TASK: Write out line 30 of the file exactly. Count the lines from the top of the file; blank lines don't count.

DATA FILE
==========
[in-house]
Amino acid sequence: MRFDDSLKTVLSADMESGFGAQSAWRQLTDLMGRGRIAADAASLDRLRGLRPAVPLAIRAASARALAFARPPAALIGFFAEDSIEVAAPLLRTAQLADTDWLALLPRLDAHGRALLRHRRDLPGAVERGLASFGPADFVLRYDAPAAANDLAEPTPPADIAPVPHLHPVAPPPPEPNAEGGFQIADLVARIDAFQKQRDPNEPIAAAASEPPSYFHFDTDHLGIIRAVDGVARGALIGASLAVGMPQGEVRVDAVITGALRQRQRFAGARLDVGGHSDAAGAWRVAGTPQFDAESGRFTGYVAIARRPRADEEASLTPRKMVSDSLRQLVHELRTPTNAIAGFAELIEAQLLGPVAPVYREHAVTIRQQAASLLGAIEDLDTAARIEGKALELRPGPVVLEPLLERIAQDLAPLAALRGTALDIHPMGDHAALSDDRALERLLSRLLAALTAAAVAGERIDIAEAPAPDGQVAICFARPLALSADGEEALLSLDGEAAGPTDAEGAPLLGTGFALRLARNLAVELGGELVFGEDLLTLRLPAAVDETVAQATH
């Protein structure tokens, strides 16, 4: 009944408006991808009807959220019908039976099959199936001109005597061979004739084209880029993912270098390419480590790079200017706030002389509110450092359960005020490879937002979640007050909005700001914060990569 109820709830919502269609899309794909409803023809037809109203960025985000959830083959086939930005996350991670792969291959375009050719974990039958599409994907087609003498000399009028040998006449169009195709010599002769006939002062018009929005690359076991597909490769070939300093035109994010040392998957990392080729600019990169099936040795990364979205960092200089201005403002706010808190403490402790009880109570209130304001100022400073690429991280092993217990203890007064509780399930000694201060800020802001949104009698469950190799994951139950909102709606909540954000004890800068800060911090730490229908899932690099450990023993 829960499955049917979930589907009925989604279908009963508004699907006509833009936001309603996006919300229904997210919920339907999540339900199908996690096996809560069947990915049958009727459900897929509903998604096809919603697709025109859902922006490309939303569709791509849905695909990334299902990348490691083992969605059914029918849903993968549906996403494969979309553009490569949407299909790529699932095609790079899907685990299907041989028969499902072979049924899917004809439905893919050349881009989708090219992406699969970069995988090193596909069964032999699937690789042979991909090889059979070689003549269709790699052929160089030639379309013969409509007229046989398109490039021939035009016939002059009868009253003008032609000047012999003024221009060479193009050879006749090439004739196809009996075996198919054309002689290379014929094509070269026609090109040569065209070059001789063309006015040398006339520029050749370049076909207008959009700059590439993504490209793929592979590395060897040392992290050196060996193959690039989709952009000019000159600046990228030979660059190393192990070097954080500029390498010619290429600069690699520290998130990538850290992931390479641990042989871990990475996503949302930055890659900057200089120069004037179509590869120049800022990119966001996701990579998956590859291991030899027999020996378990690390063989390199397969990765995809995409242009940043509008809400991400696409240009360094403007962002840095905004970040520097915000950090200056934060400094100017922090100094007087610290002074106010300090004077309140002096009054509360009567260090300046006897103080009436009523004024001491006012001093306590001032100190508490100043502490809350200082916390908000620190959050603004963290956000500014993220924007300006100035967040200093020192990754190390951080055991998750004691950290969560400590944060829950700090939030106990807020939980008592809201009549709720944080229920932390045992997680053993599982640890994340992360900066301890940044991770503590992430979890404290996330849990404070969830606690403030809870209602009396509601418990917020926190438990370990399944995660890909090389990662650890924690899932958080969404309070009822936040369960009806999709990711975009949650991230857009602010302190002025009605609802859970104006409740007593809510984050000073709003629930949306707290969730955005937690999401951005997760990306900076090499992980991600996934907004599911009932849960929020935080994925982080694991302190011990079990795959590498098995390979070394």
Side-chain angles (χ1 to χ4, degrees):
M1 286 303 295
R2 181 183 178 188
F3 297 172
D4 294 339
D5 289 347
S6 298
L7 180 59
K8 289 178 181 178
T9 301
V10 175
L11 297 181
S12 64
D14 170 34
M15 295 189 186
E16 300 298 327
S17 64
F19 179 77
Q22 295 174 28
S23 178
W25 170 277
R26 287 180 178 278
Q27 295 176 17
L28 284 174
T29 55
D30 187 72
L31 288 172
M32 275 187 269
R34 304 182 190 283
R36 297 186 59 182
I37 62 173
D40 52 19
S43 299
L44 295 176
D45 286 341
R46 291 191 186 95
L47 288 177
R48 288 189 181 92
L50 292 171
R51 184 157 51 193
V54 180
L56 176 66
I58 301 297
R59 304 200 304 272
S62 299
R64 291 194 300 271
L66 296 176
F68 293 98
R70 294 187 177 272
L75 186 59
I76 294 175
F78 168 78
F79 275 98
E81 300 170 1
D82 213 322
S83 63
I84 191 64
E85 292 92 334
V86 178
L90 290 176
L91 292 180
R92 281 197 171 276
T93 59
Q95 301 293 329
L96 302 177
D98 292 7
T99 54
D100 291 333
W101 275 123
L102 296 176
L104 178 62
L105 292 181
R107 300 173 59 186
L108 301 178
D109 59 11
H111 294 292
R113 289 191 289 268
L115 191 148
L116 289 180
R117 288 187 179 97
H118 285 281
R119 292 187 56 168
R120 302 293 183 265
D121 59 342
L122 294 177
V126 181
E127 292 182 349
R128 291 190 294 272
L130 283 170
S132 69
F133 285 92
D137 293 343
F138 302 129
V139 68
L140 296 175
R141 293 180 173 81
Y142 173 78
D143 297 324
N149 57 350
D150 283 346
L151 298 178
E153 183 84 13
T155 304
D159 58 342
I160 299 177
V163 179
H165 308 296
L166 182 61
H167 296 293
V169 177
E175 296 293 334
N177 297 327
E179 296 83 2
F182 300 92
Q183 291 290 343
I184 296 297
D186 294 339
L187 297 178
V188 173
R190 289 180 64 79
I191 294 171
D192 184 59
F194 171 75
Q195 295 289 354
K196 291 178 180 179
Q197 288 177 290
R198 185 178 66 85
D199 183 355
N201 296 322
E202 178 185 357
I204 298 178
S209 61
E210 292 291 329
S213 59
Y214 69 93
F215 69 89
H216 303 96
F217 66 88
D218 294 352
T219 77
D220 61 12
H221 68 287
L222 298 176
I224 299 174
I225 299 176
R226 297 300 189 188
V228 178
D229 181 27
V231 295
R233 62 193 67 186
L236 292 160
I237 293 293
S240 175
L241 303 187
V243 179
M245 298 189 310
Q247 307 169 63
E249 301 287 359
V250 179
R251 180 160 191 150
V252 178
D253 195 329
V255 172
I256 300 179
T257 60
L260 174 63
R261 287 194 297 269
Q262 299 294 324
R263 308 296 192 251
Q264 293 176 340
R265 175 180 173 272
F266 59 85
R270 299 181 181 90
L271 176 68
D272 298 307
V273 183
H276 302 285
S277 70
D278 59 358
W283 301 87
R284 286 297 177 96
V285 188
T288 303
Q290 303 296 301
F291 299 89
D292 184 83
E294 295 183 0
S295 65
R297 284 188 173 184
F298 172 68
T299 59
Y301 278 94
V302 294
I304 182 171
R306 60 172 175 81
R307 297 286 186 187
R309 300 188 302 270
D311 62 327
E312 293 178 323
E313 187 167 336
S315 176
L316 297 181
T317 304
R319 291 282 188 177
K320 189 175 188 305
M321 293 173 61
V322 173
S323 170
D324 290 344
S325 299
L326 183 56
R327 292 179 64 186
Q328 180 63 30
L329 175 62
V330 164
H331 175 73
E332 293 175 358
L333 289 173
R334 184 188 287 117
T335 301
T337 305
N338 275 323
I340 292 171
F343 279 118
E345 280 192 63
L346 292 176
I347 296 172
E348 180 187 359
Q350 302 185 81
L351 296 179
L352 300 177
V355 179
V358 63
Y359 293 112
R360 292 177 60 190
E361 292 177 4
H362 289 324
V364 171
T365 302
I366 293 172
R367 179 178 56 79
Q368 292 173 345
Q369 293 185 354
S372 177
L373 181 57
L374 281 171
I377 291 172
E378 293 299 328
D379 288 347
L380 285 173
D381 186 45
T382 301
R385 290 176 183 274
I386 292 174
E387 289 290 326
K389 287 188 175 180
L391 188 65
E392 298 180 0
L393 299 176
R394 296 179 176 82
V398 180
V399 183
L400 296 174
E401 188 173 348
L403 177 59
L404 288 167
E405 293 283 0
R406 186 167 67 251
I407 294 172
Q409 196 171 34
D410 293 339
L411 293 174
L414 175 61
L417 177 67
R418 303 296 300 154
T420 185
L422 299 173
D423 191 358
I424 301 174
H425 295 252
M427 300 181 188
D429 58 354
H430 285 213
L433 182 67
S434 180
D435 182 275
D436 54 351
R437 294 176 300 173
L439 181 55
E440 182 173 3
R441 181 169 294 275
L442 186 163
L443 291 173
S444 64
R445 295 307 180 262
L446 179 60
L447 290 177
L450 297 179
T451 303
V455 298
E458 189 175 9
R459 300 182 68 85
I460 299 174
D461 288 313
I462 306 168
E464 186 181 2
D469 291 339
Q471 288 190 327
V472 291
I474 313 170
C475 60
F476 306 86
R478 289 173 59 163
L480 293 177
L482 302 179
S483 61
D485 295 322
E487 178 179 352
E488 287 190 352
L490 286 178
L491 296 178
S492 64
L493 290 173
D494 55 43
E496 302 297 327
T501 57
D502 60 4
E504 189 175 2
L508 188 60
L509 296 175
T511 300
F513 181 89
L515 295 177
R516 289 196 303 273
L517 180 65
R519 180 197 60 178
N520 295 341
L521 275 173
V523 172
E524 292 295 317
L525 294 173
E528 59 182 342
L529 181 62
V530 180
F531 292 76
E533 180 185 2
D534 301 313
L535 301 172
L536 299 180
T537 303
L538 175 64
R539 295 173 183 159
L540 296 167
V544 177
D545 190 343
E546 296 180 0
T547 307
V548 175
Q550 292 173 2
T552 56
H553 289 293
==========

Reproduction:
L31 288 172